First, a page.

I have participated in an act that disrespected the flag, and admit that I was not aware of it until I came across this part of the code: “the flag should never be carried flat or horizontally, but always aloft and free.” Three times I have part of over two-hundred people, most of them high school marching band members from southwest Iowa, who held a 100-yard long American flag horizontal about five feet above the surface of the football field at the Fiesta Bowl. As I reflect on this each time we were there to do this, the owners of the flag always told us the history of this huge flag and why their father made it and was determined to display it at events similar to this football game. While I do not remember specific details of the story, I do know that it was because of a strong sense of patriotism that he did this. I guess that now I find it a bit ironic that a gentleman that put such effort and pride into this would not have known that holding it in a horizontal, flat position was not a respectful way to display it. Most recently, while watching our TigerHawks play football at Waukon, a group of people did the same thing with a significantly smaller flag. They carried it horizontal to the group onto the field for the National Anthem, and then off in the same manner. Of course they thought they were being patriotic and respectful, but they were not.
Here are a couple of other disrespectful ways that people use the flag, most likely not being aware. “The flag should never be used for advertising purposes in any manner whatsoever. It should not be embroidered on such articles as cushions or handkerchiefs and the like, printed or otherwise impressed on paper napkins or boxes or anything that is designed for temporary use and discard. Advertising signs should not be fastened to a staff or halyard from which the flag is flown.” How many picnics have you been to when the plates and napkins have had the flag on them? "No part of the flag should ever be used as a costume or athletic uniform. However, a flag patch may be affixed to the uniform of military personnel, firemen, policemen, and members of patriotic organizations. The flag represents a living country and is itself considered a living thing. Therefore, the lapel flag pin being a replica, should be worn on the left lapel near the heart.” How about those baseball uniforms that have a flag patch sewn on the sleeve? How about stickers on football helmets that have the flag embossed inside a school logo? Those two are considered to be disrespectful to the flag. As is the adornment to a pickup truck I saw the other morning at Casey’s with that ripped or torn look along the side of it and the stars and stripes being shown.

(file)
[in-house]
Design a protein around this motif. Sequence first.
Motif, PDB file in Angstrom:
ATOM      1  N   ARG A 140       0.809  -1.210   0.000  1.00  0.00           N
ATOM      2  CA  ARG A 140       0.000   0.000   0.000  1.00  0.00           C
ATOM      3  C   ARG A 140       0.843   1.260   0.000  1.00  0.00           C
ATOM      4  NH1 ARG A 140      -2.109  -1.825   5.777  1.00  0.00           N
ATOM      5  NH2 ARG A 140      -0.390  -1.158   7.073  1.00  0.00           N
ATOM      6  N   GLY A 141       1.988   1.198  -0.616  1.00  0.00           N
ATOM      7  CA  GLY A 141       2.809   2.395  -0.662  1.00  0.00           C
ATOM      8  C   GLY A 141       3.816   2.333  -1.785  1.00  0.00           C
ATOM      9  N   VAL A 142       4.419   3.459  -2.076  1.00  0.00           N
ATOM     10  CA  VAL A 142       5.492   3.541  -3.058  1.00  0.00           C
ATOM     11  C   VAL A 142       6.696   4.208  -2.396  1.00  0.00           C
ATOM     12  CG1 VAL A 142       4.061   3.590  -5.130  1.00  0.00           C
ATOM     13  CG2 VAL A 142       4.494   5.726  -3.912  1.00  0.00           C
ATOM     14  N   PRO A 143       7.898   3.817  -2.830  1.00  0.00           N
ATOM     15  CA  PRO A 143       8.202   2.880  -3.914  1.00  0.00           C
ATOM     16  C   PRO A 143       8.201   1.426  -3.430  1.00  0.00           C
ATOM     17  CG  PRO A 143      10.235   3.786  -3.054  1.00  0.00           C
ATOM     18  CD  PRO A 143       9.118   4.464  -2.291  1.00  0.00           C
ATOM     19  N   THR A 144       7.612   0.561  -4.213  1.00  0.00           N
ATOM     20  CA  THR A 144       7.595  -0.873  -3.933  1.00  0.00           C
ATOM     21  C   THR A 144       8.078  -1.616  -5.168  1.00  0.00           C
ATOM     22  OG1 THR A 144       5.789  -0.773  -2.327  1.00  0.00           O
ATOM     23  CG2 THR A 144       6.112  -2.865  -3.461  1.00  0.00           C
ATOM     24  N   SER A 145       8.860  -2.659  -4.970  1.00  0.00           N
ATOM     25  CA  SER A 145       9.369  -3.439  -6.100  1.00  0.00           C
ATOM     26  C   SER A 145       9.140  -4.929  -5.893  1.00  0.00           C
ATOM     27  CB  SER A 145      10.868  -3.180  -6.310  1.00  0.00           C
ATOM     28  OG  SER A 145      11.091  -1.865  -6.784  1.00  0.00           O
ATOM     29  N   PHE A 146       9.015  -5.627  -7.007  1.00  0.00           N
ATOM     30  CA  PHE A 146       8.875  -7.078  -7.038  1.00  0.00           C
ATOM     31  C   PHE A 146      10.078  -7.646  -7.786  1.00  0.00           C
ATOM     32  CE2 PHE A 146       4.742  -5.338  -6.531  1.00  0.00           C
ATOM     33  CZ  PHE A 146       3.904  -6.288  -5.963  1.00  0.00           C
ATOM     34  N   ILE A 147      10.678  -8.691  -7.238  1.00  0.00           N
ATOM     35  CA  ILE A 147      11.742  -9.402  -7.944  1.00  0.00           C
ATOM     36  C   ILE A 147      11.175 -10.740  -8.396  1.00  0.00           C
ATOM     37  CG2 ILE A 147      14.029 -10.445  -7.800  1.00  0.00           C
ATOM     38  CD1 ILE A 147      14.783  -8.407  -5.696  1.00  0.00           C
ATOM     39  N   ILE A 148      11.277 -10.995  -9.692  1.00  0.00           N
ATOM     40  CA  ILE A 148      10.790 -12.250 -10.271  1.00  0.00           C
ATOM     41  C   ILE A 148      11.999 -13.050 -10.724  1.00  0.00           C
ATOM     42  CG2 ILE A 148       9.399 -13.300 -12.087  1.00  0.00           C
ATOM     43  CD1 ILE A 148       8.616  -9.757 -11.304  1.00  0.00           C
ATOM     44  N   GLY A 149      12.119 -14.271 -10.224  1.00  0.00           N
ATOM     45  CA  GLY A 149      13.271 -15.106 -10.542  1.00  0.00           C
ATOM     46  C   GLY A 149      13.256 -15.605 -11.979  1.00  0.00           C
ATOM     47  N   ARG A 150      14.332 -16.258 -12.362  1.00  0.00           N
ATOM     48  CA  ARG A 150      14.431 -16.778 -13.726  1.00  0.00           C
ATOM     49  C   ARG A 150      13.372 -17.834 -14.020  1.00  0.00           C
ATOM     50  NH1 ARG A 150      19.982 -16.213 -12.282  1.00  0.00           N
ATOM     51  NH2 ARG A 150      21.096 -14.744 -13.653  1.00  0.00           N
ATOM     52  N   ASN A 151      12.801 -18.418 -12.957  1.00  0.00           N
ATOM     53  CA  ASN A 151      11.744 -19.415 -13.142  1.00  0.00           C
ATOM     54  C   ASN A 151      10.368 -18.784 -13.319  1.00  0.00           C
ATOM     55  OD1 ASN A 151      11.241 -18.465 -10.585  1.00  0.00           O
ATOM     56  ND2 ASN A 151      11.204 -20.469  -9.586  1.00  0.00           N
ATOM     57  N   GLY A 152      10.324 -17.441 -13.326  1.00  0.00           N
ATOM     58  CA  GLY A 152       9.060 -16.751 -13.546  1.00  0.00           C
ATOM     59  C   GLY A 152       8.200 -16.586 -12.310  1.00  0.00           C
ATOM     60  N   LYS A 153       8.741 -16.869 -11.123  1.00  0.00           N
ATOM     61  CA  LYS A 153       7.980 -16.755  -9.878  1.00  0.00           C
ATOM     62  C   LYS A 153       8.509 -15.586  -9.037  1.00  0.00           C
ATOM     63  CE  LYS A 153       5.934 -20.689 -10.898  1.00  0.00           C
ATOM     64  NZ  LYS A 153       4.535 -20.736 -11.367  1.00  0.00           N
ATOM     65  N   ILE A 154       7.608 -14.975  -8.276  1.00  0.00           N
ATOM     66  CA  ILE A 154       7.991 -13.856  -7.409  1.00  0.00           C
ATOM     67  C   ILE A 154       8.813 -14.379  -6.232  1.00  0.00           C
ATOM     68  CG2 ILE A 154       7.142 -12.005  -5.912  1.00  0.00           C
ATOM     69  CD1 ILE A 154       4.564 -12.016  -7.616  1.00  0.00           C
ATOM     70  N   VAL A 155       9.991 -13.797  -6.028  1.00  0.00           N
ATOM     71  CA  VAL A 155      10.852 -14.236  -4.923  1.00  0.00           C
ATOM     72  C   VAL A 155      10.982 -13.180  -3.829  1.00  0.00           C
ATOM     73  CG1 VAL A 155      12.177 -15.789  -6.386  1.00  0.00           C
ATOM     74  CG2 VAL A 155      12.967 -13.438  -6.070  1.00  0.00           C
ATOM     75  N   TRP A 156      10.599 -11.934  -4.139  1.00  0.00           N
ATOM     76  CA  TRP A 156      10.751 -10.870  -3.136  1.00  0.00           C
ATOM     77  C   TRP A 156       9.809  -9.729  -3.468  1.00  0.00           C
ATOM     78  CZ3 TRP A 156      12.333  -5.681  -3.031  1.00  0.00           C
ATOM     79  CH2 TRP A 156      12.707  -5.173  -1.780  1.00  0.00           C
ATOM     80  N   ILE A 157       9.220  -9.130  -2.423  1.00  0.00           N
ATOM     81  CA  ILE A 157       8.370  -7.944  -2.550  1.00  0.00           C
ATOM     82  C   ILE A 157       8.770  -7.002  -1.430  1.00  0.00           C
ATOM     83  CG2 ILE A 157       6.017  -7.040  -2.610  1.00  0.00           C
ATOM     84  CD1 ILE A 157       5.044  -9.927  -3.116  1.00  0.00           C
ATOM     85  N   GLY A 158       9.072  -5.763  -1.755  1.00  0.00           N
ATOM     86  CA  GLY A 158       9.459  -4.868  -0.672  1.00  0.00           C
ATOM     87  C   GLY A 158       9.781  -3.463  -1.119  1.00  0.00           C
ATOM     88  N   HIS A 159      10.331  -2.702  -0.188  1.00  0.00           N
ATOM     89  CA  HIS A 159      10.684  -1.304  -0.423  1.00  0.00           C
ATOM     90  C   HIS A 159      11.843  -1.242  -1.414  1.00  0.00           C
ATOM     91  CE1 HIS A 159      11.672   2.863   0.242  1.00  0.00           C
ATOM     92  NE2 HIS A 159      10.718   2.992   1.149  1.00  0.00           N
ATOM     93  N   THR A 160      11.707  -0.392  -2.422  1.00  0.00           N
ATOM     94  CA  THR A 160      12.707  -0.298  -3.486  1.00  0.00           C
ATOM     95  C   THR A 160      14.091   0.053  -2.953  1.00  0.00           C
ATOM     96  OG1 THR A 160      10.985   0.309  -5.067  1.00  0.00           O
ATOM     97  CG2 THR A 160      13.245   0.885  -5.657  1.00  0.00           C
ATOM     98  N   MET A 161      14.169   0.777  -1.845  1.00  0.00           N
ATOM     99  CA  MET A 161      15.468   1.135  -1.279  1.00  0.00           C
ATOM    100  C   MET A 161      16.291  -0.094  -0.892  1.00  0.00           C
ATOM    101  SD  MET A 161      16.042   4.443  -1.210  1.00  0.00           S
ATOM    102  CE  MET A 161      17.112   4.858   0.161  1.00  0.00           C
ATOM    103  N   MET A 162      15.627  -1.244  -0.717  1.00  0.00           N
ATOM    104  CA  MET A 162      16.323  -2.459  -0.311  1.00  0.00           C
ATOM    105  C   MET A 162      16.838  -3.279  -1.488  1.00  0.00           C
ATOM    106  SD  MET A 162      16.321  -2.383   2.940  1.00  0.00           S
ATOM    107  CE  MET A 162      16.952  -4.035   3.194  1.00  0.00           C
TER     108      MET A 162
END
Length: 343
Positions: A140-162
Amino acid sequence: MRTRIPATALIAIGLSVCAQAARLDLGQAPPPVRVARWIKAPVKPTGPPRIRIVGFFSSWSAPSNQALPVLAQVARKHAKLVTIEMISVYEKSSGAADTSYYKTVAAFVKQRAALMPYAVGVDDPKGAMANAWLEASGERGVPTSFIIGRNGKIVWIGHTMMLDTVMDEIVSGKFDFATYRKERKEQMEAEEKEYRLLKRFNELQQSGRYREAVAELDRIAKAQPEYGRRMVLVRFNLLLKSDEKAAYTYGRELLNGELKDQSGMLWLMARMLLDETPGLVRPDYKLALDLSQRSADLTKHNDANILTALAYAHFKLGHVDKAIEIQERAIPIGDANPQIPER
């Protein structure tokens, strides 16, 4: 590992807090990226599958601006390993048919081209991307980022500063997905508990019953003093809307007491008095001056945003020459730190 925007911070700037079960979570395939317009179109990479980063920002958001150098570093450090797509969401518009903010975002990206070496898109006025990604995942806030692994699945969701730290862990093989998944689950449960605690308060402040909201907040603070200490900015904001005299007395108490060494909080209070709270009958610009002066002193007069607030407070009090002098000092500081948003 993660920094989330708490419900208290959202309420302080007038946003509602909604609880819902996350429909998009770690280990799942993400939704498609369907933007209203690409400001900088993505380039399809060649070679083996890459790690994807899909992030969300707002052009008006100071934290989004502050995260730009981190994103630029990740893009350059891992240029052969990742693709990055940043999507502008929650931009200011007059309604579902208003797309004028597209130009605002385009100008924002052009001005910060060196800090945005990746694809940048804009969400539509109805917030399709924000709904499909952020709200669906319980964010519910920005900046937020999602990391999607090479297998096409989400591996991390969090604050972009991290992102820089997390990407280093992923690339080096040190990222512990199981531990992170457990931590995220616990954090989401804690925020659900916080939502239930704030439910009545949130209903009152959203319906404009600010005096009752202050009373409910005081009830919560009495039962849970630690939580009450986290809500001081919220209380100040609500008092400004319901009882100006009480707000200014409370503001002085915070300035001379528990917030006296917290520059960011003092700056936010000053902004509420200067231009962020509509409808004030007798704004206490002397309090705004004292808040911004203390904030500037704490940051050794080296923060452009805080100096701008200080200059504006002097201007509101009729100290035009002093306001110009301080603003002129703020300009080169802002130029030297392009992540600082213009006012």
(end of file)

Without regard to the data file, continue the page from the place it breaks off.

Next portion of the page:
There are other examples of common day-to-day occurrences that most of us are not aware of when a lack of respect is shown to our flag. Some may wonder that since there is a code, are their consequences? The code is a guide of how to handle and display the Stars and Stripes. Penalties are left to the states, and each one has its own flag law. I do not know what the laws are in the State of Iowa, but would guess that we do have them. Regardless, as stated earlier, most of us are very much aware of the expectations for those instances when most of us are in front of our nation’s flag, but most likely totally unaware of some of the disrespectful things that are done every day.
This brings me to my final point. It is a fact that nearly everyone is aware of expected decorum when we are at a sporting event, the flag appears, and the National Anthem is played, and that is why I believe so many people are offended when some of our sports heroes take a knee or raise a fist. It is a violation of what we know and expect. Perhaps we should be equally upset with the people with stars and stripes bikinis and t-shirts, as well as the family at their reunion on the 4th of July who use flag table clothes and cups. Most of us won’t because we view this people as being patriotic, even though by the code, they are not. Perhaps we should save some of our disgust for those who kneel, and remind others when they too are disrespectful by their actions.